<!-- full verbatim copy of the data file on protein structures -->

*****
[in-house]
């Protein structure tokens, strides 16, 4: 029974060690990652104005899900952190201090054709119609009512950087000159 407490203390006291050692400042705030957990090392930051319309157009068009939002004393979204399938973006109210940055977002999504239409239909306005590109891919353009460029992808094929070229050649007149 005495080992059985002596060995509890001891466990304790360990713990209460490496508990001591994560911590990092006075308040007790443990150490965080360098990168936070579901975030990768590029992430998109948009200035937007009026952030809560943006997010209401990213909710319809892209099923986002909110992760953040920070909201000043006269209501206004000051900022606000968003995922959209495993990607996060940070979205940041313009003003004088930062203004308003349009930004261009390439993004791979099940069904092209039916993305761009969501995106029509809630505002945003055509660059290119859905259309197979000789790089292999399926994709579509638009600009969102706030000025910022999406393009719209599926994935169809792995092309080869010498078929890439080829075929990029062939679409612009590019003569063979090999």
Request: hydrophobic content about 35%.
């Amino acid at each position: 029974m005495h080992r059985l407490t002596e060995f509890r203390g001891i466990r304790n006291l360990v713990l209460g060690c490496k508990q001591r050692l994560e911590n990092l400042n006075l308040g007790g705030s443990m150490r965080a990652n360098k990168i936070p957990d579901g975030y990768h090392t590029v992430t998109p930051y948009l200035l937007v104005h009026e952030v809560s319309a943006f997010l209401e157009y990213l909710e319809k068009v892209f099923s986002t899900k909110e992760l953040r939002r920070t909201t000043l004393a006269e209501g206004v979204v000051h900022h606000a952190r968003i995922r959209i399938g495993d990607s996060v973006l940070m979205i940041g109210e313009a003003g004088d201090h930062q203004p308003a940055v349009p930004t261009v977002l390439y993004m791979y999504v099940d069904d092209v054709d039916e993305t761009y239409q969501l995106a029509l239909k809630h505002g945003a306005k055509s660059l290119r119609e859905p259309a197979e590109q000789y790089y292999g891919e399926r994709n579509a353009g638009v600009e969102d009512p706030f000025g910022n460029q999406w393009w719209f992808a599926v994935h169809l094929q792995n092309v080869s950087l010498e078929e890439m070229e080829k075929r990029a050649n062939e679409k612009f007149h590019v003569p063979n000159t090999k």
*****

[in-house]
């Protein structure tokens, strides 16, 4: 029974060690990652104005899900952190201090054709119609009512950087000159 407490203390006291050692400042705030957990090392930051319309157009068009939002004393979204399938973006109210940055977002999504239409239909306005590109891919353009460029992808094929070229050649007149 005495080992059985002596060995509890001891466990304790360990713990209460490496508990001591994560911590990092006075308040007790443990150490965080360098990168936070579901975030990768590029992430998109948009200035937007009026952030809560943006997010209401990213909710319809892209099923986002909110992760953040920070909201000043006269209501206004000051900022606000968003995922959209495993990607996060940070979205940041313009003003004088930062203004308003349009930004261009390439993004791979099940069904092209039916993305761009969501995106029509809630505002945003055509660059290119859905259309197979000789790089292999399926994709579509638009600009969102706030000025910022999406393009719209599926994935169809792995092309080869010498078929890439080829075929990029062939679409612009590019003569063979090999």
Request: hydrophobic content about 35%.
């Amino acid at each position: 029974m005495h080992r059985l407490t002596e060995f509890r203390g001891i466990r304790n006291l360990v713990l209460g060690c490496k508990q001591r050692l994560e911590n990092l400042n006075l308040g007790g705030s443990m150490r965080a990652n360098k990168i936070p957990d579901g975030y990768h090392t590029v992430t998109p930051y948009l200035l937007v104005h009026e952030v809560s319309a943006f997010l209401e157009y990213l909710e319809k068009v892209f099923s986002t899900k909110e992760l953040r939002r920070t909201t000043l004393a006269e209501g206004v979204v000051h900022h606000a952190r968003i995922r959209i399938g495993d990607s996060v973006l940070m979205i940041g109210e313009a003003g004088d201090h930062q203004p308003a940055v349009p930004t261009v977002l390439y993004m791979y999504v099940d069904d092209v054709d039916e993305t761009y239409q969501l995106a029509l239909k809630h505002g945003a306005k055509s660059l290119r119609e859905p259309a197979e590109q000789y790089y292999g891919e399926r994709n579509a353009g638009v600009e969102d009512p706030f000025g910022n460029q999406w393009w719209f992808a599926v994935h169809l094929q792995n092309v080869s950087l010498e078929e890439m070229e080829k075929r990029a050649n062939e679409k612009f007149h590019v003569p063979n000159t090999k």